Can You Change Your Thoughts? You Bet!

People tend to dream big and set high goals for themselves. So many of us spend hours fantasizing about what life would be like if we could get the big promotion, lose weight, or learn a new skill. 9046112661?profile=RESIZE_400x

Unfortunately, people also tend to let negative thinking get in the way of working toward their goals. Have you ever talked yourself out of making some significant life changes or trying to meet a goal because you thought it would be “too hard” to achieve? If so, you’re likely allowing negative thoughts to get in your way! 

If your thoughts tend to be negative, never fear–with some practice, you can work toward changing your thoughts to be more positive and supportive. 

  1. Strive toward improvement–not perfection.

A common negative thought that gets in the way of making change and progress is the (entirely untrue) belief that we must seek perfection if we chase after a goal. Perfection is the ideal to strive towards. Every step you make towards perfection will improve your life. You also need to celebrate each step towards the ideal. Not look at the strides you make as failures because you did not reach perfection. If you do not have perfection as the goal, you will settle for what is easy to accomplish. 

Verywell Mind suggests working toward accepting improvement over absolute perfection. Challenge yourself to work a little harder each day. Even giving an extra 10% of effort while working toward a goal will help you move closer to your desired results. Only settling for perfection will lead to big disappointment, but working toward improvement will encourage you to continue, even when things get hard. 

  1. Look into cognitive behavioral therapy (CBT) methods to restructure your negative thinking habits. 

CBT sounds intimidating, but it simply refers to a toolkit of strategies you can use to replace negative thoughts with better, more positive ones.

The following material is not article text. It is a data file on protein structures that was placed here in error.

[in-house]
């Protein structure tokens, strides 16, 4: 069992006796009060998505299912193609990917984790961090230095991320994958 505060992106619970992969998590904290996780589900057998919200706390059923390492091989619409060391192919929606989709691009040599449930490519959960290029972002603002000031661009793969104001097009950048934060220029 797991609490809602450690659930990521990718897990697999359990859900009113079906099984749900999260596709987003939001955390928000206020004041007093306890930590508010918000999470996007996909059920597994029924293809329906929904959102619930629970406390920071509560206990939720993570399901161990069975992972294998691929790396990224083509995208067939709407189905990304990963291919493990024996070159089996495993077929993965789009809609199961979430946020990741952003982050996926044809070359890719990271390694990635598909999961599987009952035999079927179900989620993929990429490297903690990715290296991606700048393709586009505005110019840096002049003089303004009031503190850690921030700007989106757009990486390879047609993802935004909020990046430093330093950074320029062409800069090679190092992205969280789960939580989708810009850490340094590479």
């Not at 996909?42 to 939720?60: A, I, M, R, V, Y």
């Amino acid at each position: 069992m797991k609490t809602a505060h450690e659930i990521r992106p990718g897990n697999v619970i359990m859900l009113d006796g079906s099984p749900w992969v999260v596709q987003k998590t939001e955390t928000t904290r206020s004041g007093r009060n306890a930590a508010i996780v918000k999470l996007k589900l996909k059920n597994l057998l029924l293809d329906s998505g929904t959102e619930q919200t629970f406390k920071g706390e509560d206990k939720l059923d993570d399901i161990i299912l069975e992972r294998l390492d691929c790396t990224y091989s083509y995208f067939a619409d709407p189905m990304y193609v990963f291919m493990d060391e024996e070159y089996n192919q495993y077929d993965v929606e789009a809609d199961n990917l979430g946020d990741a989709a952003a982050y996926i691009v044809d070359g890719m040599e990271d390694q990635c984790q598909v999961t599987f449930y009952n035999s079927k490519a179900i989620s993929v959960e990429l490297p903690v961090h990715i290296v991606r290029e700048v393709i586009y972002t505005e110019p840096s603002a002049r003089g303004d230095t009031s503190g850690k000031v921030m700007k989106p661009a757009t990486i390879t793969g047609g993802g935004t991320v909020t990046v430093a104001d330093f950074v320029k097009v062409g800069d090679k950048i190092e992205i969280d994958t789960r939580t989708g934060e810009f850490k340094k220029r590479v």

For example, one method of doing this is called cognitive restructuring. Again, this isn’t as complicated as it sounds. Cognitive restructuring takes some time, practice, and patience to master. Still, it will achieve what its name suggests–you will learn to restructure your thinking patterns to be more positive, motivational, and forward-thinking. 

To do this, you identify a negative thought, identify it, and then replace it with a less distorted version that gives you a clear mental picture of reality. Often, our bad or negative thoughts are fueled by fear or worry–this means those negative thoughts cloud our minds with “what ifs” that can stop us from taking a chance to make a change or try something new. Learning to identify, label, and change thoughts takes quite a bit of practice. Below is an example of what this might look like:

  1. You have a negative thought: “I don’t know why I even bother trying to learn this….I know I’m going to fail my test no matter what.”
  2. You identify the negative thought: “Talking to myself like this isn’t helping my situation. It makes me feel even more worried about my upcoming test.”
  3. You replace the negative thought with a more truthful one: “My teacher told me what I need to review to do well on the test, so I am going to spend time studying it tonight, so I feel prepared tomorrow.”


  1. Practice basic mindfulness. 

Mindfulness is the practice of putting yourself “in the moment.” Mindfulness means you take a moment to assess your current situation, feelings, and environment. It can be used as a tool to quiet a busy mind and bring yourself back to reality, particularly if you struggle with stress management and anxious thinking.

For example, if you’re feeling overwhelmed, take a moment to close your eyes, draw in deep breaths, and focus on the “here and now.” You can take a few minutes to run through these questions to bring yourself back into the current moment: 

  1. What does the temperature of the room feel like?
  2. What can I smell in the room right now?
  3. What does the floor feel like under my feet?
  4. What sounds can I hear?
  5. How do my clothes feel against my skin? 

By focusing on these “right now” questions, you can bring your mind back to focus on the present.

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